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Images: Are Whales 'Shouting' to be Heard?

Scientists use a long pole to attach temporary recording devices called “D-tags” to the backs of right whales. The tags record the whales’ calls and the background noise around them, as well as the animals’ movements. (Photo by Doug Nowacek)
Susan Parks (holding a D-tage) analyzed recordings of North Atlantic right whale calls and found that the calls became louder when the level of noise in the whales’ underwater environment grew louder. Parks earned her Ph.D. in 2003 from the MIT/WHOI Joint Program and is now on the faculty at Pennsylvania State University. (Photo by Kelly Slivka, Whale Center New England)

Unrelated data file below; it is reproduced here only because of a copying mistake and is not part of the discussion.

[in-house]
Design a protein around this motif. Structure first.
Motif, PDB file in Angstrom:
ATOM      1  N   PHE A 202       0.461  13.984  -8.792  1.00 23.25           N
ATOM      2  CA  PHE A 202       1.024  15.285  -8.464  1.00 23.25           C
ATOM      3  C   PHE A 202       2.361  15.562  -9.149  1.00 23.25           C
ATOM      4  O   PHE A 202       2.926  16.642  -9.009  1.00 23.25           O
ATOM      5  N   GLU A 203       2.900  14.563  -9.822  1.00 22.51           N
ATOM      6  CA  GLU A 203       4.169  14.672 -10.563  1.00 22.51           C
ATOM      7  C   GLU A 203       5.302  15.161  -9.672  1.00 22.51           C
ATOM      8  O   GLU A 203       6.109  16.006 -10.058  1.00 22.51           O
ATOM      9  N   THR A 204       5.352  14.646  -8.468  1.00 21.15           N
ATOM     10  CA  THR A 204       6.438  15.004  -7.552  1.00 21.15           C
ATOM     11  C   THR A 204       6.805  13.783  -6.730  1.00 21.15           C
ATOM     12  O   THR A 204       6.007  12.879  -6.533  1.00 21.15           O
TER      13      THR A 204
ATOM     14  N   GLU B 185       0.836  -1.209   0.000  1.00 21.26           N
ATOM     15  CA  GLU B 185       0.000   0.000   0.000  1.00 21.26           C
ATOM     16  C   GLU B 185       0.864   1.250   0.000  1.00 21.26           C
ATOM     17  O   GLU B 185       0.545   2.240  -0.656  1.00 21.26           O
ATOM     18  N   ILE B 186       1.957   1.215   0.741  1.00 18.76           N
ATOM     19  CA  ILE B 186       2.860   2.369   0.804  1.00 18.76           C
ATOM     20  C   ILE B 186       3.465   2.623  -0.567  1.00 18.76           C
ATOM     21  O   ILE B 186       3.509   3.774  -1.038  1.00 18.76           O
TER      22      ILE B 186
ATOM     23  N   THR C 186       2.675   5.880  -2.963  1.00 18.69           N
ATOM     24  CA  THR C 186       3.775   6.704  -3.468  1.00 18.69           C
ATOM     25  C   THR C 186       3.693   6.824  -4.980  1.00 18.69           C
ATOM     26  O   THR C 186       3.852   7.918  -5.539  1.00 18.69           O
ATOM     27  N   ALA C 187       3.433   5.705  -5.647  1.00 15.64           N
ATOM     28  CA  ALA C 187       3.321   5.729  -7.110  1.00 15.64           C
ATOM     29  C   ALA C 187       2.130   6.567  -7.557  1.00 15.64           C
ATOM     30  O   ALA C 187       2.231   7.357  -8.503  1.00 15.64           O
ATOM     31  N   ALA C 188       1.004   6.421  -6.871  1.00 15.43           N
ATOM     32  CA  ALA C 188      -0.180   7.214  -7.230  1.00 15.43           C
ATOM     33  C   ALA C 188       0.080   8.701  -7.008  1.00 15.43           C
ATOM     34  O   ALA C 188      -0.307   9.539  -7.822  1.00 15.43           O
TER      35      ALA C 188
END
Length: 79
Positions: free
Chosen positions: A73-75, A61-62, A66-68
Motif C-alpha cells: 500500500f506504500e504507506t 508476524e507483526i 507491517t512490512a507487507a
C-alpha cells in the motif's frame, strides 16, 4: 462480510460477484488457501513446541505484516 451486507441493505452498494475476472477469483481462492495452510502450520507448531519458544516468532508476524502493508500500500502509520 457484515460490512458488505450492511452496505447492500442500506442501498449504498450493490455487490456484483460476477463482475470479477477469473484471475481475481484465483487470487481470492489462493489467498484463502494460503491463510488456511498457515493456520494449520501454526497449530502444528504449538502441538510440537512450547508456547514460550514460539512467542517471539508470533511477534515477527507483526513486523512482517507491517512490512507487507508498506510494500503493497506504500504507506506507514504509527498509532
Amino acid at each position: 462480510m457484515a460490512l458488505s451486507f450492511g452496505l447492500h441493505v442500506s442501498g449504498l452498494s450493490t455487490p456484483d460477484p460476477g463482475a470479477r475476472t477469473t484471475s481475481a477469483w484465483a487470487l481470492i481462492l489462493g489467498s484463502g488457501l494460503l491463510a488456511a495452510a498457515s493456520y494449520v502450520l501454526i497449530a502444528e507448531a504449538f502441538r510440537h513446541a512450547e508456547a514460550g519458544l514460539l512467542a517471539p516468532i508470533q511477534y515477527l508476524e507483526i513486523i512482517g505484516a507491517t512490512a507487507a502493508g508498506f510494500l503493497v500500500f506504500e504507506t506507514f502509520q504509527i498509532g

WHOI biologist Peter Tyack, left, and acoustic engineer Mark Johnson developed D-tags, which have provided an invaluable means for scientists to learn about what whales hear, "say," and do.

(Photo by Tom Kleindinst, Woods Hole Oceanographic Institution)
The population of North Atlantic right whales is lower than 400, and a noisier environment, from shipping and other human-made sounds, could affect the whales’ ability to communicate, find mates, and reproduce. Having to call louder could affect the whales in other ways as well. Calling louder takes more energy. It might also distort the meaning of the call—that is, what it sounds like to other whales. (Photo by Doug Nowacek)
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